If you want to become an influential leader, you start by building the Three C’s ~ confidence, communication skills, and your ability to collaborate.
In my last post, 5 Ways to Build an Influential Personal Brand, I wrote about the power of influence to build successful teams that accomplish big goals even in challenging times. While cultivating influence is an important step on the leadership journey, it doesn’t happen overnight. And it’s important to remember that you can’t develop a great team until you develop yourself. That is where the three C’s come in.
Confidence is the Foundation of a Strong Personal Brand
Let’s start with the first of the three C’s. Most of the people I meet are confident in their skills. What they lack is confidence in themselves. They believe in their abilities, but when someone asks them to take on a new responsibility, they freeze.
I recently started working with a client who is up for a new job in her company. If she gets it, she’ll move from a director role to a VP spot. While the opportunity is exciting, she’s worried because the higher-level position is entirely new. “I keep asking what my specific duties will be, and no one can tell me,” she said.”I’ll create the position from scratch, and that terrifies me.”
Even though her higher-ups have told her repeatedly that she is in the top position for the job, she is full of self-doubt. If this situation sounds familiar to you, you’re not alone. Stepping from the known to the unknown is always scary. To build confidence in yourself, here are some tips:
- Do Daily Affirmations: Start every day with positive affirmations. Speak phrases aloud, or in your mind, that affirm what you know to be true about yourself.
- Find a Mentor: Your people are your greatest resource. Seek out someone who has been in your situation and ask them to tell you their story.
- Take the Risk: When you move into new territory, you tap into your skills and problem-solving ability. Every time you do this, your confidence grows.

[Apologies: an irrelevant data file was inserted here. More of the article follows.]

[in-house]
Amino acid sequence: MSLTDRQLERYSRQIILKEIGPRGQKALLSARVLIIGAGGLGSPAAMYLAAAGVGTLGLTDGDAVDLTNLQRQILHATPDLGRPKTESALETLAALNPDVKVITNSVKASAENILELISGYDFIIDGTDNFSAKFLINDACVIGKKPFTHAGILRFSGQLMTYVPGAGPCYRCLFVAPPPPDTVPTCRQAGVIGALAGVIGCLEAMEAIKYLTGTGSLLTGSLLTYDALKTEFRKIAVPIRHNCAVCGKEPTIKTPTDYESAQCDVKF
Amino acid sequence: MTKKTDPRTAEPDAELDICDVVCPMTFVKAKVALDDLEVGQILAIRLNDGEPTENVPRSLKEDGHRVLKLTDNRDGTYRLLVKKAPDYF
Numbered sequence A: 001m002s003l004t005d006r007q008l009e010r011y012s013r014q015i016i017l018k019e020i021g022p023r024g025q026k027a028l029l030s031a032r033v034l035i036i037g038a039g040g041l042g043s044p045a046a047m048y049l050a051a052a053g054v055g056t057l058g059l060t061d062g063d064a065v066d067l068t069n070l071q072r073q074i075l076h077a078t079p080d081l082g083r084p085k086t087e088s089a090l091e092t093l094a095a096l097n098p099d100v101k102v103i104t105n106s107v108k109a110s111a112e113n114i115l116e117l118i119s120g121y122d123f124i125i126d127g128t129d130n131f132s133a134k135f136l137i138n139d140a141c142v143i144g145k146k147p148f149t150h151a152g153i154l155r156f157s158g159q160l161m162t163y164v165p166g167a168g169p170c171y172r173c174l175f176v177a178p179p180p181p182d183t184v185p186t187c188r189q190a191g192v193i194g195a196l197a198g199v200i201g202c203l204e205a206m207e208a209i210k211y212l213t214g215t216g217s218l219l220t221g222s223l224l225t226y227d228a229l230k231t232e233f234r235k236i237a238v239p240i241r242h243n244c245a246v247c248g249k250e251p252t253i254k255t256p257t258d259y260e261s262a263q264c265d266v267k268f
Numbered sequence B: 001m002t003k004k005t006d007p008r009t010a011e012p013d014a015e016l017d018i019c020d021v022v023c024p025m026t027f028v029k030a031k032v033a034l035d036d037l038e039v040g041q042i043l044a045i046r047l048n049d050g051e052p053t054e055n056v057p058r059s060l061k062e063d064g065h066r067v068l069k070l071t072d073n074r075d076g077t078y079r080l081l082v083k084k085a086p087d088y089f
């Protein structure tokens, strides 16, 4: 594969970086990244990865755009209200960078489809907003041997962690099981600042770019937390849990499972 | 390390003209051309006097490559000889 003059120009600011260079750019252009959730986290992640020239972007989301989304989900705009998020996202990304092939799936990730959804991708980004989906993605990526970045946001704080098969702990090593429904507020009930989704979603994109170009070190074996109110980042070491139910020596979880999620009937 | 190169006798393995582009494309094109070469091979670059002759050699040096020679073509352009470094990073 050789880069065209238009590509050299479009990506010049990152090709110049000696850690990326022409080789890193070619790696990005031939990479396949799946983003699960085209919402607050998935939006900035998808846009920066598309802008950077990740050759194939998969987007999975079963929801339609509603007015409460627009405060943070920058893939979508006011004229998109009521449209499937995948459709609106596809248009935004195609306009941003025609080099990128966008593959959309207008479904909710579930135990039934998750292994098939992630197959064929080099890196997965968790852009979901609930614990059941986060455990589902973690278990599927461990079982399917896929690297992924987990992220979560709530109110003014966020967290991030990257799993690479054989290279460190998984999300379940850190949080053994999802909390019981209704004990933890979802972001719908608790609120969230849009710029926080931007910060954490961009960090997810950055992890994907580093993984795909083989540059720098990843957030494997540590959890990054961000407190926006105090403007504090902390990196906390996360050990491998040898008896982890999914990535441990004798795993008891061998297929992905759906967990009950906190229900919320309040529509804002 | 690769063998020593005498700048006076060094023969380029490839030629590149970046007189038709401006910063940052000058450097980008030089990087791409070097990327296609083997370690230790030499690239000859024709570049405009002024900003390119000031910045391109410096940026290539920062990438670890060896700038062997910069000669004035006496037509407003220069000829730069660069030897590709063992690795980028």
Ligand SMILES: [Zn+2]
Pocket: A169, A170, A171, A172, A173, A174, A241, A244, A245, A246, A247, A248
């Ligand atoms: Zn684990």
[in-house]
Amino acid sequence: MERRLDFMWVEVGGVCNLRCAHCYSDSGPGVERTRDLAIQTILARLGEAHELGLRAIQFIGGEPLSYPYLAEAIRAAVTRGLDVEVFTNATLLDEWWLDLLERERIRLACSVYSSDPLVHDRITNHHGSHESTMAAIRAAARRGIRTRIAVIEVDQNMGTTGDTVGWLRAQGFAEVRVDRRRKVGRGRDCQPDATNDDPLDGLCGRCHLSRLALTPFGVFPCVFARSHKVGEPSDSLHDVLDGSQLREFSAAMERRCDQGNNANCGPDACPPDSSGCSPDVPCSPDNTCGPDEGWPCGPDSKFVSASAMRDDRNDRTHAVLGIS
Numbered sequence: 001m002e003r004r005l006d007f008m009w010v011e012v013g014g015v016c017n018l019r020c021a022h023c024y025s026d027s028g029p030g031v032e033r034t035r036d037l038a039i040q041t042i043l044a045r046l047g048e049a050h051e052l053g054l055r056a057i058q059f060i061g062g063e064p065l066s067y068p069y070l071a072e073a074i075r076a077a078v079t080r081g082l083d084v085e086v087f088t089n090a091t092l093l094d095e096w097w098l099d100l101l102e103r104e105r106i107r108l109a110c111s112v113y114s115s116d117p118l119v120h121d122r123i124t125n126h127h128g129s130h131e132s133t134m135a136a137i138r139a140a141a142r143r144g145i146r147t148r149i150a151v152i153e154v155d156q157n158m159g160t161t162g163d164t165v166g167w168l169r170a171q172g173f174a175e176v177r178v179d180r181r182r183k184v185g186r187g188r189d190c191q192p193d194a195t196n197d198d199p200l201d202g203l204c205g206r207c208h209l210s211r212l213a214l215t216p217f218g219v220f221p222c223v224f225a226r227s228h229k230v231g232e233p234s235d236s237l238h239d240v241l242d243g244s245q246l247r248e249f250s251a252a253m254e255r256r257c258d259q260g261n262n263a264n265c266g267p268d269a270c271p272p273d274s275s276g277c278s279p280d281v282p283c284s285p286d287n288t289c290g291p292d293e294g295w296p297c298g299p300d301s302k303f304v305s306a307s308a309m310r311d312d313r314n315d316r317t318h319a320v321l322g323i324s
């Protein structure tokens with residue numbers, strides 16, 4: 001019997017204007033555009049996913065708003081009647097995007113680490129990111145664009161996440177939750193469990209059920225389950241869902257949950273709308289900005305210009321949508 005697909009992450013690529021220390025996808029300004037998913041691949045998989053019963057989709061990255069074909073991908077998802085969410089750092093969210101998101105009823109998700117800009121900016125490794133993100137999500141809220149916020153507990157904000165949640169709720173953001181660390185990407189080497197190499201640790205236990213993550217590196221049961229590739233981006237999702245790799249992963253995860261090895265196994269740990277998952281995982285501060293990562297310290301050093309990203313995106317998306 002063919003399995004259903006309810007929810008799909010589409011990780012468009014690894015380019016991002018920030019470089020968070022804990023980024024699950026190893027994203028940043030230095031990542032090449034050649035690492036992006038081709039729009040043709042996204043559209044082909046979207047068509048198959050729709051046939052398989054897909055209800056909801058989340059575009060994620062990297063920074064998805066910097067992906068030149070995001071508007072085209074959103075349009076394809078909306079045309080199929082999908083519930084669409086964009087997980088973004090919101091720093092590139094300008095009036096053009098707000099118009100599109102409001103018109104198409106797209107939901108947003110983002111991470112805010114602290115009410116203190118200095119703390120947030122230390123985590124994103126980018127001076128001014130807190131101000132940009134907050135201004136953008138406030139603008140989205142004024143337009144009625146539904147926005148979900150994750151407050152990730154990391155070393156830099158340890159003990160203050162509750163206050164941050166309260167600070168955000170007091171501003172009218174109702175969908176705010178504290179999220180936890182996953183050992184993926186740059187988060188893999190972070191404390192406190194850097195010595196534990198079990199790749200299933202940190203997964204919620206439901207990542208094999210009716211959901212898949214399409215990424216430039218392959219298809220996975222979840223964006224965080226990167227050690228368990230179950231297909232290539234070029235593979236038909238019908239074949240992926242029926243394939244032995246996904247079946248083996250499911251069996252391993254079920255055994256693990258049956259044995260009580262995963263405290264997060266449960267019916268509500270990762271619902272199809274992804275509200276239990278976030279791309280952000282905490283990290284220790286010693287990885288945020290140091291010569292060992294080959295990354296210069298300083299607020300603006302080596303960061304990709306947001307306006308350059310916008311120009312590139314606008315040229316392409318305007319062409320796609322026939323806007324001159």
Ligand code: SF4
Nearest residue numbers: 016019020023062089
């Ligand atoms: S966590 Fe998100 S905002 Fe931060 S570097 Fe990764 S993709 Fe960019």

Confidence Leads to Effective Communication
Confident leaders know how to communicate effectively in their writing, speaking, and non-verbal interactions. They speak to be understood and know that tons of jargon and ten-cent words get them nowhere.
If you’re in a leadership position, it’s essential to communicate with your team in a way that will get them to buy into your project vision or goals. This means being clear, concise, and transparent. It also means learning to listen. Take the time to hear what people articulate so that you don’t get lost in your own stories and assumptions, which only impede communication.
Here are a few other practices you can use to develop strong communication skills:
- Develop Your EQ: Learn to hear the emotional content of both verbal and non-verbal communication so you can get to the heart of the matter.
- Dress the Part: What comes out of your mouth should match your outside persona. Dress well, stand up straight, and look people in the eyes.
- Listen to Connect: Effective communication builds trust and strong relationships. Go into every conversation with curiosity and the intention to connect.
When You Communicate Well, You Collaborate Well
True collaboration requires a willingness to put your ego aside and do what’s best for your team and project. Yes, teams need leaders to keep the needle moving, but they also need to feel empowered along the way. The best leaders solicit input, share objectives, and make decisions with the group.
Of course, creating a collaborative environment requires open communication and trust and your people won’t feel comfortable opening up unless you model both. Have an open-door policy. Let everyone know that they can come to you with their ideas and their problems.
Truly collaborative teams accomplish more goals with greater efficiency. And when that happens, you gain confidence as their leader. To become a better collaborator, try the following:
- Implement Ideas: If someone has a good idea, ask them to implement it. Then check in on their progress along the way and offer advice when needed.
- Give Recognition: When your team is successful, give them all the recognition. Celebrate their achievements rather than hogging the credit.
- Say No and Explain Why: Don’t say no just because you can. If you don’t agree with a suggestion, explain why and encourage your people to keep trying.
Remember, leading isn’t about handing out tasks, pointing fingers, and then taking all the credit. It’s about empowering your team members to take risks, do their best work, and move into leadership roles themselves. When they do better, you look better and your influence grows.
If you could use some help to develop the three C’s of a strong leadership brand, give me a call.